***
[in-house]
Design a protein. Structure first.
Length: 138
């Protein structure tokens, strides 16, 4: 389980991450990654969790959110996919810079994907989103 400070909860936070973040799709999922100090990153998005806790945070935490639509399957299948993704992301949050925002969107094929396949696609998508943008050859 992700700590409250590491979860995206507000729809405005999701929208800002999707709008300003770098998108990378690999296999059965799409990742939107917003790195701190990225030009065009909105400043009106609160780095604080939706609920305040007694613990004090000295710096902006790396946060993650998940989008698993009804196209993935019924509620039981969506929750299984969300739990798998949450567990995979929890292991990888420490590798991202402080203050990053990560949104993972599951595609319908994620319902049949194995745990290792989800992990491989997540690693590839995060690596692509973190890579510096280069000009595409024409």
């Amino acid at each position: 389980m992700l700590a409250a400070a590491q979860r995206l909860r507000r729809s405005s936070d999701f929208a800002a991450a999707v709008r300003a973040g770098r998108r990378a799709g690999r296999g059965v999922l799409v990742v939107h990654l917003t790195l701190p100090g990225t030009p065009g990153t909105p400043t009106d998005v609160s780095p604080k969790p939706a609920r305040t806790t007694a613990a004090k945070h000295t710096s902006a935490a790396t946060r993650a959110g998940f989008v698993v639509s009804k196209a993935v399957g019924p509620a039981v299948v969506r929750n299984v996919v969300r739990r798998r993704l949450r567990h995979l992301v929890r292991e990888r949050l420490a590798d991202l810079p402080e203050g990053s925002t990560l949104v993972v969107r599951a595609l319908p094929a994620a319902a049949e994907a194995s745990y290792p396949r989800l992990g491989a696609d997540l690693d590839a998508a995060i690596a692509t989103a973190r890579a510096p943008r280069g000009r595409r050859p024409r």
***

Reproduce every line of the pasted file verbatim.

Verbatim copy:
[in-house]
Design a protein. Structure first.
Length: 138
């Protein structure tokens, strides 16, 4: 389980991450990654969790959110996919810079994907989103 400070909860936070973040799709999922100090990153998005806790945070935490639509399957299948993704992301949050925002969107094929396949696609998508943008050859 992700700590409250590491979860995206507000729809405005999701929208800002999707709008300003770098998108990378690999296999059965799409990742939107917003790195701190990225030009065009909105400043009106609160780095604080939706609920305040007694613990004090000295710096902006790396946060993650998940989008698993009804196209993935019924509620039981969506929750299984969300739990798998949450567990995979929890292991990888420490590798991202402080203050990053990560949104993972599951595609319908994620319902049949194995745990290792989800992990491989997540690693590839995060690596692509973190890579510096280069000009595409024409």
């Amino acid at each position: 389980m992700l700590a409250a400070a590491q979860r995206l909860r507000r729809s405005s936070d999701f929208a800002a991450a999707v709008r300003a973040g770098r998108r990378a799709g690999r296999g059965v999922l799409v990742v939107h990654l917003t790195l701190p100090g990225t030009p065009g990153t909105p400043t009106d998005v609160s780095p604080k969790p939706a609920r305040t806790t007694a613990a004090k945070h000295t710096s902006a935490a790396t946060r993650a959110g998940f989008v698993v639509s009804k196209a993935v399957g019924p509620a039981v299948v969506r929750n299984v996919v969300r739990r798998r993704l949450r567990h995979l992301v929890r292991e990888r949050l420490a590798d991202l810079p402080e203050g990053s925002t990560l949104v993972v969107r599951a595609l319908p094929a994620a319902a049949e994907a194995s745990y290792p396949r989800l992990g491989a696609d997540l690693d590839a998508a995060i690596a692509t989103a973190r890579a510096p943008r280069g000009r595409r050859p024409r």